Korea became the world’s eighth-largest trader last year, moving up a notch from a year earlier. An interim report from the World Trade Organization, cited by the government Monday, showed the country’s trade volume amounted to about $1.07 trillion in 2012, surpassing Italy for the first time.
Koreans may well be proud of this accomplishment, though they have been struggling to go through the prolonged global economic downturn. There is another ― probably more valuable ― achievement that they can take more pride in but appear less aware of: Korea has the world’s third-largest number of volunteer workers dispatched abroad.
A group of 10 Korean adults left here Tuesday for overseas volunteering, bringing the number of volunteers sent by the Korea International Cooperation Agency to more than 10,000. In 1990, the state-funded agency, which is tasked with implementing Korea’s grant aid programs for developing countries, first sent 44 volunteer workers to four Asian nations ― Indonesia, Nepal, Sri Lanka and the Philippines. Since then, it has dispatched 10,009 volunteers to 65 countries in Asia, Africa and Latin America.
According to KOICA officials, the cumulative number is only behind those for the U.S. and Japan, which have sent about 210,000 and 44,300 volunteers overseas since the early 1960s, respectively. Currently, 1,612 Korean volunteers work in less-developed parts of the world, compared with 8,073 and 2,475 workers each from the U.S. and Japan.
It is encouraging that the number of Koreans going abroad for volunteer work has been steadily increasing, with the proportions of middle-aged people and women growing in recent years. This trend matches Korea’s fulfillment as the only country that has been transformed from an aid recipient to a donor since the end of World War II in 1945. They should be given much of the credit for the nation’s increasing influence in the field of international development cooperation.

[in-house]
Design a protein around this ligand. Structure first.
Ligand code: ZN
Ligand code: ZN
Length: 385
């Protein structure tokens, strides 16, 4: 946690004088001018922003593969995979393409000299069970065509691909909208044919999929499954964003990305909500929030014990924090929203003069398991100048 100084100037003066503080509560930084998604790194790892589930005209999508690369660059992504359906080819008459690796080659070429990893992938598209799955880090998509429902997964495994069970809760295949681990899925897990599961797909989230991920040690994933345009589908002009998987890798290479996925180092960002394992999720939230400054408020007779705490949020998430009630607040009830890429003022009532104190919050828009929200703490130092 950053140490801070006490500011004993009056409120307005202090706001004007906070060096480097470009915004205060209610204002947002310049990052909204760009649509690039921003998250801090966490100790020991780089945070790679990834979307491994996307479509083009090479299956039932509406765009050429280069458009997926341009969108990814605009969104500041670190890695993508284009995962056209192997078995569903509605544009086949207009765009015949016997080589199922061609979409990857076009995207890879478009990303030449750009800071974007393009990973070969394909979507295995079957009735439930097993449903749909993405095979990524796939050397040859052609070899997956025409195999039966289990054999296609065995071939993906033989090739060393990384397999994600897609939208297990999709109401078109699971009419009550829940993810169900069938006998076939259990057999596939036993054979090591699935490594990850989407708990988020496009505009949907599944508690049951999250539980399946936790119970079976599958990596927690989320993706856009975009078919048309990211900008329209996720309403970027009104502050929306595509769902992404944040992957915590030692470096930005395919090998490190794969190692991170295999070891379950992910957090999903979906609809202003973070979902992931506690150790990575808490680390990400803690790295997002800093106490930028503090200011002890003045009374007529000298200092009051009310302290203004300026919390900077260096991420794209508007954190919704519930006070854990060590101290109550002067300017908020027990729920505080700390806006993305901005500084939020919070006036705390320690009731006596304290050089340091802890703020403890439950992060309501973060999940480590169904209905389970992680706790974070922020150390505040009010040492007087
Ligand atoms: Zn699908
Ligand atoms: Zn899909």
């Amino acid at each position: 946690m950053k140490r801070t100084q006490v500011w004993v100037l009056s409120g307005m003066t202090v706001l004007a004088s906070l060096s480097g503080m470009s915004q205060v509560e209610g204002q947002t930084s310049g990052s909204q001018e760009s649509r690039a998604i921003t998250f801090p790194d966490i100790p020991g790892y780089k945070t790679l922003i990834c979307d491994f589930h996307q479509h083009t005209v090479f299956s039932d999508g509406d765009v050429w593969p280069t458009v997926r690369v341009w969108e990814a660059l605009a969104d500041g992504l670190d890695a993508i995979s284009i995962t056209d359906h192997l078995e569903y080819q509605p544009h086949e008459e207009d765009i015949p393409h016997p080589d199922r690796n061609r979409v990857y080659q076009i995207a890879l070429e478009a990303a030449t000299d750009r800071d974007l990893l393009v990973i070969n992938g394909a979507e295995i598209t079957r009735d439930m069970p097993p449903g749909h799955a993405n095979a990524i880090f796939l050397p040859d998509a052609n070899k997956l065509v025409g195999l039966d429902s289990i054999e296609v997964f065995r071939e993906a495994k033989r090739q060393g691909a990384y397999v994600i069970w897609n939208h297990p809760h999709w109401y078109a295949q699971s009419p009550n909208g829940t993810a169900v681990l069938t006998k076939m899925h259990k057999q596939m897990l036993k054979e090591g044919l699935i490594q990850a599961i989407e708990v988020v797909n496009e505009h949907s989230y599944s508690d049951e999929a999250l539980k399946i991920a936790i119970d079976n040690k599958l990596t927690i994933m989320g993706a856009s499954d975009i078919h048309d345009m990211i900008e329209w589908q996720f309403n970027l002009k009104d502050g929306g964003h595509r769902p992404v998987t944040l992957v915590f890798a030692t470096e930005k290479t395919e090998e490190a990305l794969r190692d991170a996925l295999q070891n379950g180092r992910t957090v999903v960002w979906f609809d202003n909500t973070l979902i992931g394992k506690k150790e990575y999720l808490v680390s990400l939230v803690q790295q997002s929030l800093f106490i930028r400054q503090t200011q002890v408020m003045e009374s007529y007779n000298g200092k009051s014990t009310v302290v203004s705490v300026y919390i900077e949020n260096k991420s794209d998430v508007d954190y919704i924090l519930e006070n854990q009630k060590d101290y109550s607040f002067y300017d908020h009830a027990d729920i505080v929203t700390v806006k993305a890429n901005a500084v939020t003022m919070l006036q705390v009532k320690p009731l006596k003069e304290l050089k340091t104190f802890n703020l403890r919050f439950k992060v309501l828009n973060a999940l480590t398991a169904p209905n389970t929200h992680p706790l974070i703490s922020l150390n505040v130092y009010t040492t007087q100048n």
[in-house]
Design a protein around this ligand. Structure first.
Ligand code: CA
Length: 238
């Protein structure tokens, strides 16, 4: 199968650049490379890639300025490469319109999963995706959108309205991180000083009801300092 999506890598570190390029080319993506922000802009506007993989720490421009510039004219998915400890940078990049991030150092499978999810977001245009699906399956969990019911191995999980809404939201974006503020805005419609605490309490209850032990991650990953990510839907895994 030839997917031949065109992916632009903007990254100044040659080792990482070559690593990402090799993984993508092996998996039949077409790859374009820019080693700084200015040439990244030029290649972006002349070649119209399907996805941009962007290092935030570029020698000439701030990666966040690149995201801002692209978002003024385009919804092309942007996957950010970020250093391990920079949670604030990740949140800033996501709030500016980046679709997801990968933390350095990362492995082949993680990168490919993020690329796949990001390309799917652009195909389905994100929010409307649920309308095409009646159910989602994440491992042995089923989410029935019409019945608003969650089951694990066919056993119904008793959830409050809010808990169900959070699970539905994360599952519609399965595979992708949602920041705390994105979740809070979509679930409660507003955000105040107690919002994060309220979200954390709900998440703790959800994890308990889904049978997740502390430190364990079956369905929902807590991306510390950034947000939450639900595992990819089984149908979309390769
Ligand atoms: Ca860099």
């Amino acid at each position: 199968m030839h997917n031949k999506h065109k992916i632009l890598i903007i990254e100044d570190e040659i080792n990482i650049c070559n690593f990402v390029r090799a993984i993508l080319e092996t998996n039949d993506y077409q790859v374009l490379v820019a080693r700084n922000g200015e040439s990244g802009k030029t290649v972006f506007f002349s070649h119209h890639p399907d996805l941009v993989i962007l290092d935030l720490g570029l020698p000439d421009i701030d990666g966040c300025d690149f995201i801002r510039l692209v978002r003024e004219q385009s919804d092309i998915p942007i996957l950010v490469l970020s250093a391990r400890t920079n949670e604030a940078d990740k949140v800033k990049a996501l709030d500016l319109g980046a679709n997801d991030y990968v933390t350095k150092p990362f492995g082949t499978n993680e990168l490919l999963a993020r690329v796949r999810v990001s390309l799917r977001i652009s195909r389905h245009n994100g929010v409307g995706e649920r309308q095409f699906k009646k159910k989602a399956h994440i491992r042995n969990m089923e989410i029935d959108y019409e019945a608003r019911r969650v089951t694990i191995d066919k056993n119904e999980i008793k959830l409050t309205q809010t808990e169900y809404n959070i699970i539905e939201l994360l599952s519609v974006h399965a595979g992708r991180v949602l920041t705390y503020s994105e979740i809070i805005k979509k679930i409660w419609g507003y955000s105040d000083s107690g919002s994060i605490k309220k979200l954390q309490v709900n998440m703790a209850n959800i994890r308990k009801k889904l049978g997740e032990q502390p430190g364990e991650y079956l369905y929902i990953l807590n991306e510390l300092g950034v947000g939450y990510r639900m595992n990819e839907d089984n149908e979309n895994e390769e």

A review released by the OECD’s Development Assistance Committee in January noted that Korea was perceived by many developing countries as a source of development knowledge and ideas based on its actual experiences. Certainly, its postwar economic ascent can give more inspiration than any other case to people struggling to lift themselves out of poverty.
Volunteer workers have been at the forefront of the valuable mission of sharing what Korea has achieved with less-developed nations trying to bring in a bright future for their peoples. Compassion and consideration shown by them toward residents may lead to building a strong emotional bond, helping form a true partnership in moving toward co-prosperity.
It is also anticipated that volunteers play a bridging role between Korea and the countries they have been assigned to after returning home from their two-year work that can be extended by one year. They are well positioned to help the nation with a growing population of expatriates, including immigrant wives and laborers, make a smooth transition into a harmonious multicultural society and enhance social integration.
Their experiences may also put them at an advantage to get a job or start their own business abroad.
The government is urged to give more consideration to providing volunteer workers, who have devoted some of the most precious period in their lives to helping less-privileged people overseas, with more and better opportunities they deserve.
It is also necessary to take measures to enhance safety for overseas volunteers. It was heart-breaking that two Korean volunteers in their 20s were killed in a lightning accident in Sri Lanka last October. Safety education should be strengthened during the three-week training course for volunteers selected from applicants aged 20 or older.